In my previous posting, I mentioned all the things this pad can’t or rather doesn’t do. To make this all balanced, I will put what it can do, into perspective.
For Instance, at a cost approximately the same as a Amazon Kindle You still get The Kindle eBook market.
… but then you get;
- A Color Internet web browser, several in fact.
- A Cloud connected pad, DropBox, and EverNote I’ve even printed from it using the Dropbox trick.
- A Social Networking wonder machine Seesmic, Twitter, TweetDeck, Fring, Facebook, Meebo, Yahoo Messenger, LinkedIn, FourSquare
- A Blogging client for WordPress
- A document viewer in Documents-to-Go
- A Note Keeper, Calendar, Calculator(s)
- A News Reader (BBC, CNN, Sky , Weather Watcher (The Weather Channel, WeatherBug)
- A RSS Reader
- A ebook Reader, Beyond the Kindle, you have Project Gutenberg , FBReader and Aldiko eReader
- A YouTube Player, Music Player, Video Player, and Internet Radio.
You can even play Games on it, who would have thought. And it has not added a single pence to my credit card. But I still don’t have the the ‘Google Market’ even though the calendar, contacts and Gmail still sync up with Google.
How do you keep your connected devices connected?
How many different services do you depend on to keep your ‘stuff’ safe and available from anywhere?
Could you imagine a better way?
I can, and I almost have it working with my ‘stuff’,
now I’m just working on a way to make it easy for everyone else to do the same.
I have been spending way too much time in Quora but it has proved interesting. I have learned from some of the discussions that Meego is a bit of a ruse. It seems that there are actually two Meego’s one is the ‘netbook’ variety, more or less a rehashed Moblin (Intel’s contribution to the partnership) and the other is Meego/Harmattan which is really Maemo 6 with some compatibility with Meego/Moblin.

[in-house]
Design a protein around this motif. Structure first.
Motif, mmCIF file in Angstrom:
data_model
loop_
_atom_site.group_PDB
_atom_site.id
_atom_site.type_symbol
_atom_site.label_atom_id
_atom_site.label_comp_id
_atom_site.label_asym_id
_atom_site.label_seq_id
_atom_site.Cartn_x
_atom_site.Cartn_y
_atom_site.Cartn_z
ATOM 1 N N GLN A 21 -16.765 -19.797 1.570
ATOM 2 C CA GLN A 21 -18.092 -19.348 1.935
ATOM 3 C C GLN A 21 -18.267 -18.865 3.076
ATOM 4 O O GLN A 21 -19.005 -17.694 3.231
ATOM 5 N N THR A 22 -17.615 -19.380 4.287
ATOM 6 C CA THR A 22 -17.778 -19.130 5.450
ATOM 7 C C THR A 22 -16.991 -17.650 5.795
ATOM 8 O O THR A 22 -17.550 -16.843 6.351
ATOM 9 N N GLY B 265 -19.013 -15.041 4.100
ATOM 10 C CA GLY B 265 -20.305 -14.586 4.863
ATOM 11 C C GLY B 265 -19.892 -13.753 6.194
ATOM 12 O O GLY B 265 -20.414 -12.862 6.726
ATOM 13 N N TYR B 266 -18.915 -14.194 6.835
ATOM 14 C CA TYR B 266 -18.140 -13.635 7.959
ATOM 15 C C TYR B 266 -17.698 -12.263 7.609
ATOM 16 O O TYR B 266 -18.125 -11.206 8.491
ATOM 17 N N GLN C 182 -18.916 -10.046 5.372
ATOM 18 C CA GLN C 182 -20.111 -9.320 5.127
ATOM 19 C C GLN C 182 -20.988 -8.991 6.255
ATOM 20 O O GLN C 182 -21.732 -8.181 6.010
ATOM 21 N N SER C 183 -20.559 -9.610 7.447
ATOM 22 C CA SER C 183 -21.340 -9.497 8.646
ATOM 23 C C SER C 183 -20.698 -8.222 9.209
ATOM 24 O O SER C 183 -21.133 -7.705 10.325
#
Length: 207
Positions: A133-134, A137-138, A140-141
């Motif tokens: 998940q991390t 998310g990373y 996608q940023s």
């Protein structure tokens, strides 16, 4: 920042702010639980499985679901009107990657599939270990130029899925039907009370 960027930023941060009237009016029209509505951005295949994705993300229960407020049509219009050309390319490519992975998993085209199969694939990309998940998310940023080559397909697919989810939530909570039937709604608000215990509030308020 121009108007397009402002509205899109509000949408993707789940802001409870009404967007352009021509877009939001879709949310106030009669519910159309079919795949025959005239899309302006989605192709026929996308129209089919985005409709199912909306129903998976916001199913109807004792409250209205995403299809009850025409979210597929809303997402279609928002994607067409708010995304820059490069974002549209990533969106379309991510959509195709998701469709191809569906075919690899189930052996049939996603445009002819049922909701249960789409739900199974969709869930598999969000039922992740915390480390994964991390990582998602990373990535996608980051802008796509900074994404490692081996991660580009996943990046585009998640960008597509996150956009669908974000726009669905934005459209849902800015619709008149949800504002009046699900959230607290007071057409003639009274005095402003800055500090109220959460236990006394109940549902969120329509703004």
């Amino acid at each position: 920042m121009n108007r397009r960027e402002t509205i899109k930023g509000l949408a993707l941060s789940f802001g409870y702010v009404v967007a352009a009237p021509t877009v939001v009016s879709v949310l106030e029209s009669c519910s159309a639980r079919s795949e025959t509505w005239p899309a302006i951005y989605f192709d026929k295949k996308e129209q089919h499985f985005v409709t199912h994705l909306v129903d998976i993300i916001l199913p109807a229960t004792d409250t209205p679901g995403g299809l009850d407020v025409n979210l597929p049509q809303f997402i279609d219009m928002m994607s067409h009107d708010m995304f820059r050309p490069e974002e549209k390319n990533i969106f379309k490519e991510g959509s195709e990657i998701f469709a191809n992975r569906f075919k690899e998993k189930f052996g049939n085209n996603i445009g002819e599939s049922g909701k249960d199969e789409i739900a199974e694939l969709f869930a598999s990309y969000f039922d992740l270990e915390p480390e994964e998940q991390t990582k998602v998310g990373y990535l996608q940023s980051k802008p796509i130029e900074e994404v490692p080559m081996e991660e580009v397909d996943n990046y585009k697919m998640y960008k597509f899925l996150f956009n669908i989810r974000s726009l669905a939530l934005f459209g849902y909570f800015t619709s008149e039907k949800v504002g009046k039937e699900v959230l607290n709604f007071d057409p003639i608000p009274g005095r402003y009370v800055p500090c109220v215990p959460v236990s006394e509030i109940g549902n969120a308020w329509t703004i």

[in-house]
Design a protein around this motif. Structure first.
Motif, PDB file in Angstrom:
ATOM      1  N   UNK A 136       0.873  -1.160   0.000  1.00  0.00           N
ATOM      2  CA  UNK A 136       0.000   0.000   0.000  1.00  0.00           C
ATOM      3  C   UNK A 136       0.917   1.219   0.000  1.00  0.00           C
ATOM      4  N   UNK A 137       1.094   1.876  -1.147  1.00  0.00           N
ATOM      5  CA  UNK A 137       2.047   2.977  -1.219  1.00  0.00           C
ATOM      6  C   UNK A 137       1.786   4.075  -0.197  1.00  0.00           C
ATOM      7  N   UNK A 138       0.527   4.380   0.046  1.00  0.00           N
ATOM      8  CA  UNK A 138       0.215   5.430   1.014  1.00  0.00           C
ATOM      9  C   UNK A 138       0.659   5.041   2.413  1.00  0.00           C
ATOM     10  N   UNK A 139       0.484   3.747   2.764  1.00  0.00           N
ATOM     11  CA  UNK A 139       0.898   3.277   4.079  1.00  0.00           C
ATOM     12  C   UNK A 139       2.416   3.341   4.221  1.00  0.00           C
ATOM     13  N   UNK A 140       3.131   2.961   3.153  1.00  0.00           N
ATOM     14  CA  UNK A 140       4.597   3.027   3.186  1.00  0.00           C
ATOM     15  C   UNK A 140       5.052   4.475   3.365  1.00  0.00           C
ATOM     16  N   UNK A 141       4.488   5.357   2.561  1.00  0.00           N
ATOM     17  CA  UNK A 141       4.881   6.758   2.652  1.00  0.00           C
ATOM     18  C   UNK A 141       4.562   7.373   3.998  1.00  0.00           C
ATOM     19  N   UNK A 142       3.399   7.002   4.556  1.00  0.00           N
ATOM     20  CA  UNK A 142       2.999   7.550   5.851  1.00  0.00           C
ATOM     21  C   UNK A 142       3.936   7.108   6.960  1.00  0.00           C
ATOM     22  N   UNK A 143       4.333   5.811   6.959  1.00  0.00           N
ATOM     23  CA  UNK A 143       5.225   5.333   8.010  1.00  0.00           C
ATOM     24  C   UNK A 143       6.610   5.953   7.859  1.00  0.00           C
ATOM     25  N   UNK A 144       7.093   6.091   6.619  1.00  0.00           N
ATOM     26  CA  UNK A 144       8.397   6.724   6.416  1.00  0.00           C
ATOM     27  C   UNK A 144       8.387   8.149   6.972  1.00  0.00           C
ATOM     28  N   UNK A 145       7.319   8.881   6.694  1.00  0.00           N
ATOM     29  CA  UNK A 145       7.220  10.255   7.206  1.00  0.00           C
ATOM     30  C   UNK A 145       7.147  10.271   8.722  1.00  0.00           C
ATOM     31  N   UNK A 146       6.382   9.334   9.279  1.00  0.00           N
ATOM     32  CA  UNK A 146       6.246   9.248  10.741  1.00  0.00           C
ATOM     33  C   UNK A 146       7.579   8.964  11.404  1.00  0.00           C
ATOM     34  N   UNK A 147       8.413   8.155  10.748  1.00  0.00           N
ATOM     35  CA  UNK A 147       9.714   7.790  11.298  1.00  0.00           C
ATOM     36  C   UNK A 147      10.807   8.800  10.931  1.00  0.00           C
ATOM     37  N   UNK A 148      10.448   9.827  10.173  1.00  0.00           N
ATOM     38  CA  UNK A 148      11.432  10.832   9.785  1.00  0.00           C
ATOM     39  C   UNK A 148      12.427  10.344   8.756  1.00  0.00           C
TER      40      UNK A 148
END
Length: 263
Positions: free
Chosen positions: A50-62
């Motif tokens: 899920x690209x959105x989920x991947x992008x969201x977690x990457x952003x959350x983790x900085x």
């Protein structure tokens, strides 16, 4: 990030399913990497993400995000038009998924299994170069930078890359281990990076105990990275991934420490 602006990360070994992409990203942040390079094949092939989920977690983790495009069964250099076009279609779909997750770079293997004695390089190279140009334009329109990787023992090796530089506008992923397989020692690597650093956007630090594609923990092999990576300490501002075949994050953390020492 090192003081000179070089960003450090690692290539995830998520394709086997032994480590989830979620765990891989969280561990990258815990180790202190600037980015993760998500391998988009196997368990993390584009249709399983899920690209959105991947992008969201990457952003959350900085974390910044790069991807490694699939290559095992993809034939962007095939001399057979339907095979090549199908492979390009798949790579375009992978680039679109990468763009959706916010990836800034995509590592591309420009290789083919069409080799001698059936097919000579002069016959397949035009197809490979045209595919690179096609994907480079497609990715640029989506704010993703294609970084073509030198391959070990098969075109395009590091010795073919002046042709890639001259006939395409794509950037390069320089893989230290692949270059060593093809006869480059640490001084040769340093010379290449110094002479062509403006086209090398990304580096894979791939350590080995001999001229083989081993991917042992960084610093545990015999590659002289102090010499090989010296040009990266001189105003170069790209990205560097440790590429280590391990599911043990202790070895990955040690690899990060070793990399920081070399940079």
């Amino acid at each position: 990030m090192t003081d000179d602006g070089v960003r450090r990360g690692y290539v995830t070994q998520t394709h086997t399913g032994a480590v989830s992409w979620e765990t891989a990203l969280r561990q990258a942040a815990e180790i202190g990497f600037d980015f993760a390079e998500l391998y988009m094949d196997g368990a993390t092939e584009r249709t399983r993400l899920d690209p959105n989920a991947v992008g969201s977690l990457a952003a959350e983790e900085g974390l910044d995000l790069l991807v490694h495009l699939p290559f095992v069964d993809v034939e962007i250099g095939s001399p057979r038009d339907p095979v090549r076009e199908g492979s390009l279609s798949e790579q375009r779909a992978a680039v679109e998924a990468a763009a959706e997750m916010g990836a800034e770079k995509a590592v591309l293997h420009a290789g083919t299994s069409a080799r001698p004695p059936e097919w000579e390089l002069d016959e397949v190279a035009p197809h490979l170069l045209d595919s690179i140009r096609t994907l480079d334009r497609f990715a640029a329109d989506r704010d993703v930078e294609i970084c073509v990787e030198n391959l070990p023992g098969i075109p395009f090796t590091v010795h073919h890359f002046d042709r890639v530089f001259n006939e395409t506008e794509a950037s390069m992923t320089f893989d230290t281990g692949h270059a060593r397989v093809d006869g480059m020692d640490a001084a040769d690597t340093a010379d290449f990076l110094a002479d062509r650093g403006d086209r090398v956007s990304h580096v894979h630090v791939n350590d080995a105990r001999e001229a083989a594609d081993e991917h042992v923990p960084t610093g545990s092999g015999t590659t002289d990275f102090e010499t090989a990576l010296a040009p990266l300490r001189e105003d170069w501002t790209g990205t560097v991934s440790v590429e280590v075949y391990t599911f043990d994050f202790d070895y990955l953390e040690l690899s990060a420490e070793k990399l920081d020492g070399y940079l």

This whole Meego thing is really just a marketing thing. It’s no wonder that more vendors haven’t jumped onto the open source Meego train, they don’t know which one to get on. Meego/Moblin is Atom based and the Meego/Maemo is ARM.
I wonder how far this bait and switch will last?
Here’s hoping PR 1.4 for my Nokia N900 really will allow a dual boot into Meego/Harmattan where Maemo 6 was headed. And that it does wonderful things.
NOTE: and the BS continues, with Intel killing off MeeGo for Tizen to further delay or destroy Open Source for mobile devices.
This article MeeGo will not displace Symbian as enterprise OS has now demonstrated that Meego is no longer supported by Nokia, and it will be left to die with Maemo as a ‘Non-Runner’ in the Mobile-OS arena. It also indicates that Nokia Management has gone down the MicroSoft path to complete irrelevance in the Mobile Phone market. It’s no wonder the Maemo/Meego managers and developers at Nokia are leaving. Most are heading to the surviving Mobile OS’s Android, Web-OS, iOS and Blackberry.
NOTE: and the BS continues, with Intel killing off MeeGo for Tizen to further delay or destroy Open Source for mobile devices.
We received a letter in the mail recently informing us that our DSL connection was scheduled to be upgraded to 8Mbits from the current 3Mbs, and without charge. Last weekend it happened, however they are doing it in stages, or else they couldn’t get their equipment to speed up that fast. So we are left with a ‘configured’ speed of 5Mbits (download) / 512Kbits (upload) which in real terms works out to 4.42Mbits down/ 410 up (see below)
But, what the heck, it didn’t cost extra, and it is faster… one can only dream of a vendor who delivers on the promises, reality is another thing.
That pretty much says it all, doesn’t it?
In any other businesses this would be called a RIP OFF! by Apple, but with the Apple-Fanboy base, They can do no wrong. I used to be a Apple Evanglista back in Apple’s dark days, and I still use a MacBook. But I use a Nokia N900, because I can do more, with less Apple regulation, and I pay a great deal less than any iPhone ball-and-chain.